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Distributing REDD+ Benefits Among Indigenous and Rural Citizens in the Peruvian and Brazilian Amazons

Miller, Lauren
The Brazilian and Peruvian Amazon Rainforests host some of the most biodiverse habitats in the world which hold present and future monetary and intrinsic value to local and international communities. However, they are threatened by high rates of deforestation. The REDD+ Program by the UN provides compensation for the preservation of developing countries’ forest stocks. While beneficial, many rural and indigenous citizens are negatively affected by REDD+ due to job loss tied to deforestation reduction and tenure issues. This can lead to illegal, increased deforestation rates. The REDD+ payment allocations are regulated through a system of seven “Safeguards”, essentially policies. While a few current Safeguards address rural and indigenous people, the Safeguards are relatively ambiguous and may not be effective when implemented in a developing economy with possible political corruption. By improving the current Safeguards and more heavily monitoring payment distribution, REDD+ can be more effective. Two alternatives to consider are implications with indigenous and rural land tenures and potential financial gains from cultural Intellectual Property rights.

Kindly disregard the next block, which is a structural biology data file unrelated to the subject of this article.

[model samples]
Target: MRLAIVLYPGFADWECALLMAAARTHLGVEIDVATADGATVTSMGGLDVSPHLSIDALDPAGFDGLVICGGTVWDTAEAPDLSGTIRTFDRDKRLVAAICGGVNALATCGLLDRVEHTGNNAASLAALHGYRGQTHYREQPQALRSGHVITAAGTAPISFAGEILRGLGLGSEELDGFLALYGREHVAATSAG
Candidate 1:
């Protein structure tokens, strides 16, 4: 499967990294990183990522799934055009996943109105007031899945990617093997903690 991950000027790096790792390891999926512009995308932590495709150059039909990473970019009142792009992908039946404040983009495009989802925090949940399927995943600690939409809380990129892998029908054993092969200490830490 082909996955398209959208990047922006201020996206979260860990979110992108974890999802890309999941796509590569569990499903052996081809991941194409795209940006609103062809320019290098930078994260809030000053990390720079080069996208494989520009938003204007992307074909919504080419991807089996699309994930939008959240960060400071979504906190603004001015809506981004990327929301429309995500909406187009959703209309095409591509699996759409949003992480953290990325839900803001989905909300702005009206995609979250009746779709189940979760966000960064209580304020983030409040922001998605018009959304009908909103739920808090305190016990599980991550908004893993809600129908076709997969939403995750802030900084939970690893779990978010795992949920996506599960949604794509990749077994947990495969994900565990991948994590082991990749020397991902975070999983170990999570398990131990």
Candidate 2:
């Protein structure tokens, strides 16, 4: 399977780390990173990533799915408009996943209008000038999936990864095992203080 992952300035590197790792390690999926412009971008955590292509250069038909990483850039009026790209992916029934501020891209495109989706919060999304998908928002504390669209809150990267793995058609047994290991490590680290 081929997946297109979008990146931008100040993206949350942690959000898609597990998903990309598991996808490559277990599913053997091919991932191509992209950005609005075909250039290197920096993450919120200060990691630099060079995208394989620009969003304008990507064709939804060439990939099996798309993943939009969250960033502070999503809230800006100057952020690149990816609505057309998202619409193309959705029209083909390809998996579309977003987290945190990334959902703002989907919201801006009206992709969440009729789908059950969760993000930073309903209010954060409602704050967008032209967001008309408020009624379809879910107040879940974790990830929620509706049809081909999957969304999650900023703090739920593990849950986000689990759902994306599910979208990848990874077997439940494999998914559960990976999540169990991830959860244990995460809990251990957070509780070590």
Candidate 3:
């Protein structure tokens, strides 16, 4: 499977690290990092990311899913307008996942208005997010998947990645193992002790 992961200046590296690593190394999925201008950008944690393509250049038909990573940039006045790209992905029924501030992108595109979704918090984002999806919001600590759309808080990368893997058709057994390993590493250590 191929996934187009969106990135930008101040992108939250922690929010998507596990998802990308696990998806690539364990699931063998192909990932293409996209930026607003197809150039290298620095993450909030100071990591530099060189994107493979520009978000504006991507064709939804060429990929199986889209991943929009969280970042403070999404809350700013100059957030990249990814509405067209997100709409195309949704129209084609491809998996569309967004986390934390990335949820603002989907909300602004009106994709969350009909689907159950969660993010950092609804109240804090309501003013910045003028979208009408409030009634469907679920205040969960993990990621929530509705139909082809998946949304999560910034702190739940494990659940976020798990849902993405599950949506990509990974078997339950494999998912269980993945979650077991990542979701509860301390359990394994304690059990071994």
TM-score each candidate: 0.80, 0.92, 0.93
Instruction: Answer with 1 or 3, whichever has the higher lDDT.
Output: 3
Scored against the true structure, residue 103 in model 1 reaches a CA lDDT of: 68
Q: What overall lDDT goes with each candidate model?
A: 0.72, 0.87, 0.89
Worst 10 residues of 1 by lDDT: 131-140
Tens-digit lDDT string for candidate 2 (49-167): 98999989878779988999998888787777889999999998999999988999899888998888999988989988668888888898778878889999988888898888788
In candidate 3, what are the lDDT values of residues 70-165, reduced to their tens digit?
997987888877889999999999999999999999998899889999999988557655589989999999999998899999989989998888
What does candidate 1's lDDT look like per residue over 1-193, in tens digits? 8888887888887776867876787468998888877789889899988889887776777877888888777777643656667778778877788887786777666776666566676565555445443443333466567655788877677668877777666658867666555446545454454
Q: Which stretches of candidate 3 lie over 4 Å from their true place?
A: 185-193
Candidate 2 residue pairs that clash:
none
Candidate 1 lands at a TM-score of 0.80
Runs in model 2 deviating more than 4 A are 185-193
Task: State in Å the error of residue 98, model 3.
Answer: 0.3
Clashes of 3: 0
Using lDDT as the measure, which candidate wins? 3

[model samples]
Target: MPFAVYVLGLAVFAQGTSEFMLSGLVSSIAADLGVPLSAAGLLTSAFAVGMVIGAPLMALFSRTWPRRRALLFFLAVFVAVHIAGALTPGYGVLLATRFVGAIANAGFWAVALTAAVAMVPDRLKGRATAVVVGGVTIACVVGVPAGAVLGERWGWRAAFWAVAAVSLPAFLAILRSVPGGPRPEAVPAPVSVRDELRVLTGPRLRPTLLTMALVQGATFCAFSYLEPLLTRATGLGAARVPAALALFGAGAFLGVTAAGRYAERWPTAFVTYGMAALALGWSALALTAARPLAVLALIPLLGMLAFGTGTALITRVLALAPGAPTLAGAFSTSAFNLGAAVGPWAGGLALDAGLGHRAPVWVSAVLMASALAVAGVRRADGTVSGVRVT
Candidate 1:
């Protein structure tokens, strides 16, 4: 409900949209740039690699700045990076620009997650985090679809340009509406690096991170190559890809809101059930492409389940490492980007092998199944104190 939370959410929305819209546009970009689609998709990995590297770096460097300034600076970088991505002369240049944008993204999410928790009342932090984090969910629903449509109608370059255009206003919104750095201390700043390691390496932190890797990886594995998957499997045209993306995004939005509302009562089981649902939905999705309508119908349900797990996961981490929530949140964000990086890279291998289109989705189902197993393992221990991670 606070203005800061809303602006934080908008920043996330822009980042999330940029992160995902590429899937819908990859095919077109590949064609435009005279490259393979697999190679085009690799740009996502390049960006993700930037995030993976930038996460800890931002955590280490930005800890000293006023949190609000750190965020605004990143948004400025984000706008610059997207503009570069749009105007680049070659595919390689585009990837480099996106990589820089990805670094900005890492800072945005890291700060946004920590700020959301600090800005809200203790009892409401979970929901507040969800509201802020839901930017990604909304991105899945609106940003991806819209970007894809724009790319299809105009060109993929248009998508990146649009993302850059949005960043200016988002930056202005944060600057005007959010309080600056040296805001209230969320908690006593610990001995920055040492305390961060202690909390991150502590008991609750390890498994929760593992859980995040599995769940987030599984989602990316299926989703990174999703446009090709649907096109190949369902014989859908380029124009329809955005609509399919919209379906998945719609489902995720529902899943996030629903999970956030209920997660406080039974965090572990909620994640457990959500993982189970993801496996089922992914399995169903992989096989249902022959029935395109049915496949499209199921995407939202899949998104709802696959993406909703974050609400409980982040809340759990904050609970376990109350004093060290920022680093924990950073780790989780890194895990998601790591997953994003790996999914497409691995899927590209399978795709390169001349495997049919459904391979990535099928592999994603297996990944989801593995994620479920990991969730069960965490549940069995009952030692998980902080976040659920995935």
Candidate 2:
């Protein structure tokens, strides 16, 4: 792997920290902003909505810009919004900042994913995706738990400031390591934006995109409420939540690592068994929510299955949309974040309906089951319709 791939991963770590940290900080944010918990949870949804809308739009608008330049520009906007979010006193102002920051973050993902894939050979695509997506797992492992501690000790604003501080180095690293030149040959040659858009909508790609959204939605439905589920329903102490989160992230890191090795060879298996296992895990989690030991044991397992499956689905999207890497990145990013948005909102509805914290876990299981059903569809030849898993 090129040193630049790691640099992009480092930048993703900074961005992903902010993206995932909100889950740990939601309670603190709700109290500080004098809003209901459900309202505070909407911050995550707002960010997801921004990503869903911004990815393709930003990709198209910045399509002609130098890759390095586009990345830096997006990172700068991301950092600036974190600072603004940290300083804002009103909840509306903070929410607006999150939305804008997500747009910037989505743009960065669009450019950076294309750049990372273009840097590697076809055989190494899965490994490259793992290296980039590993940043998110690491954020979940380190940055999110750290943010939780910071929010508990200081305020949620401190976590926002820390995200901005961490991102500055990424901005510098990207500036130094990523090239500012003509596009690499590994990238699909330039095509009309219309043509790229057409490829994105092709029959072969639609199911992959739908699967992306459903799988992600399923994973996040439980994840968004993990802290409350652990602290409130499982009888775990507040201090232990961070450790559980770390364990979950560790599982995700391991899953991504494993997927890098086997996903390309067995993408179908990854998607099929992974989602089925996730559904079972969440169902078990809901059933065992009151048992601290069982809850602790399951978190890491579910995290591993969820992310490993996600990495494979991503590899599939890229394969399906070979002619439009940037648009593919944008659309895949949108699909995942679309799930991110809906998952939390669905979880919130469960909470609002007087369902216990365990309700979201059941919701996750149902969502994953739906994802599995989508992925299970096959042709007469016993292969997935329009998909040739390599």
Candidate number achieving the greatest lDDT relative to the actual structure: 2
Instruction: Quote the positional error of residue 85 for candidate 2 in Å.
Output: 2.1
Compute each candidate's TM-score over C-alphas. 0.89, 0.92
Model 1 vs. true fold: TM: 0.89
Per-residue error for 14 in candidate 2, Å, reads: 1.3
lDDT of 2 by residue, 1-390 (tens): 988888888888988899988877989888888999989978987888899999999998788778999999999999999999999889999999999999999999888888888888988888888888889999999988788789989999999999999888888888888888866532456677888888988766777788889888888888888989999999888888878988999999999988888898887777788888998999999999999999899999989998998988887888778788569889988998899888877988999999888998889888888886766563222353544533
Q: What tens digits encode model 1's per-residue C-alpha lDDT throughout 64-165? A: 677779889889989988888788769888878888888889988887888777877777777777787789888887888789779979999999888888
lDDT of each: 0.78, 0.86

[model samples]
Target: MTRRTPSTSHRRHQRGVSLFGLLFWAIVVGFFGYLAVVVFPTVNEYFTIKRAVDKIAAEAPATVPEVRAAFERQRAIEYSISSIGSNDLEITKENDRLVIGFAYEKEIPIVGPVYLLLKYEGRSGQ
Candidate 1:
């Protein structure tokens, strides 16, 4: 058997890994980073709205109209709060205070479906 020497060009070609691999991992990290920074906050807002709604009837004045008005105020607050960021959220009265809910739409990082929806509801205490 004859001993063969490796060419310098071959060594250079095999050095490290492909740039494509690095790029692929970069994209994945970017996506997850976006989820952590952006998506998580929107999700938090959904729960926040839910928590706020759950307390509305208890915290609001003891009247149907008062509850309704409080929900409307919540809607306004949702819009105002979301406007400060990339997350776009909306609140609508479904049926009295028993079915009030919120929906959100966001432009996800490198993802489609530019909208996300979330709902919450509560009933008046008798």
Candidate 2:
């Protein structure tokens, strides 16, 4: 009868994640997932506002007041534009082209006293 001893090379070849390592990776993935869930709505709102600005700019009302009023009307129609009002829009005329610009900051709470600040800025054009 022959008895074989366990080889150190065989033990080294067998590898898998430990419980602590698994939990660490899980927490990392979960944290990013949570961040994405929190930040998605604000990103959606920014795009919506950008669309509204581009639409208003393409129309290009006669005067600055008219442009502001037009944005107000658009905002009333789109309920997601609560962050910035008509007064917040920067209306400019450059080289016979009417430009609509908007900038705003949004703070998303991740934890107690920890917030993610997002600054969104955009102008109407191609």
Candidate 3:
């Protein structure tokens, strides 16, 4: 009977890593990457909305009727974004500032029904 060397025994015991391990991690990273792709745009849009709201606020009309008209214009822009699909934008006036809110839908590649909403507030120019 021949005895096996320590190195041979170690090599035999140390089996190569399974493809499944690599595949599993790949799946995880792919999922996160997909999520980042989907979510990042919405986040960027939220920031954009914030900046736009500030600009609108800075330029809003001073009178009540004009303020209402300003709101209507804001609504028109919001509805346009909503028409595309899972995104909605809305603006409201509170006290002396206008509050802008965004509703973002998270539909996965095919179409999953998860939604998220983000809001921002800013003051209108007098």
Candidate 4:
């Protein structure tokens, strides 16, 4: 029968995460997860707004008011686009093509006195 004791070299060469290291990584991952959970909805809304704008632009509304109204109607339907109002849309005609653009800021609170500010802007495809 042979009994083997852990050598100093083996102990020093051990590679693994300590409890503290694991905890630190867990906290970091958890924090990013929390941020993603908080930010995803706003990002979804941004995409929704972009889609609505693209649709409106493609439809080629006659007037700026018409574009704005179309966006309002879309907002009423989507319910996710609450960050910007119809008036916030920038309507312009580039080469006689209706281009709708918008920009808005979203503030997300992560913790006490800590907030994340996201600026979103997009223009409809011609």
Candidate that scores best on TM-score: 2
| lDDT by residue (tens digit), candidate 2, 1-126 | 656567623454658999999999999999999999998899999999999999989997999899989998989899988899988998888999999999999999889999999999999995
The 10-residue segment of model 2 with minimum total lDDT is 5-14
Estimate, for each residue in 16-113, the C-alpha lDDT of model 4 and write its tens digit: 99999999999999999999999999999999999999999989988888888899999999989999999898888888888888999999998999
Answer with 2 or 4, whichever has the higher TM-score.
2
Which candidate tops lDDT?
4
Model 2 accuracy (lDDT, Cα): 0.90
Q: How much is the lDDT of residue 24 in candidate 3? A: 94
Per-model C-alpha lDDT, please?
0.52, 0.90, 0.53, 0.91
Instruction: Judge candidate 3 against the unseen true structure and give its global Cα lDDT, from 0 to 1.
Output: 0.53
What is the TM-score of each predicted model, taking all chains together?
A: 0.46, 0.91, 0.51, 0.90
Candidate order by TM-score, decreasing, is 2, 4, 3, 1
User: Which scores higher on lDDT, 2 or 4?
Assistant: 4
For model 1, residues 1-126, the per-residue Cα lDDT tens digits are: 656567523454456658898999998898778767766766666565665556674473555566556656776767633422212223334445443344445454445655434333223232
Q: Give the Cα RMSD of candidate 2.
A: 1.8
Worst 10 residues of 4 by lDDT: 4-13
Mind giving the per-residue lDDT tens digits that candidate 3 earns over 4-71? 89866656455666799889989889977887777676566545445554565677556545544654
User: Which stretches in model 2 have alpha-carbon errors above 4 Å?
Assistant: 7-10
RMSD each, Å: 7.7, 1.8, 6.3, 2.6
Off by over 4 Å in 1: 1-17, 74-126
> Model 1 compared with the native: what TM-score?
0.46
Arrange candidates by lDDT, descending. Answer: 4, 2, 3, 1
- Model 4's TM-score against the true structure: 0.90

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University of Wyoming. Libraries
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conservation incentives,REDD+,deforestation mitigation,indigenous and rural rights
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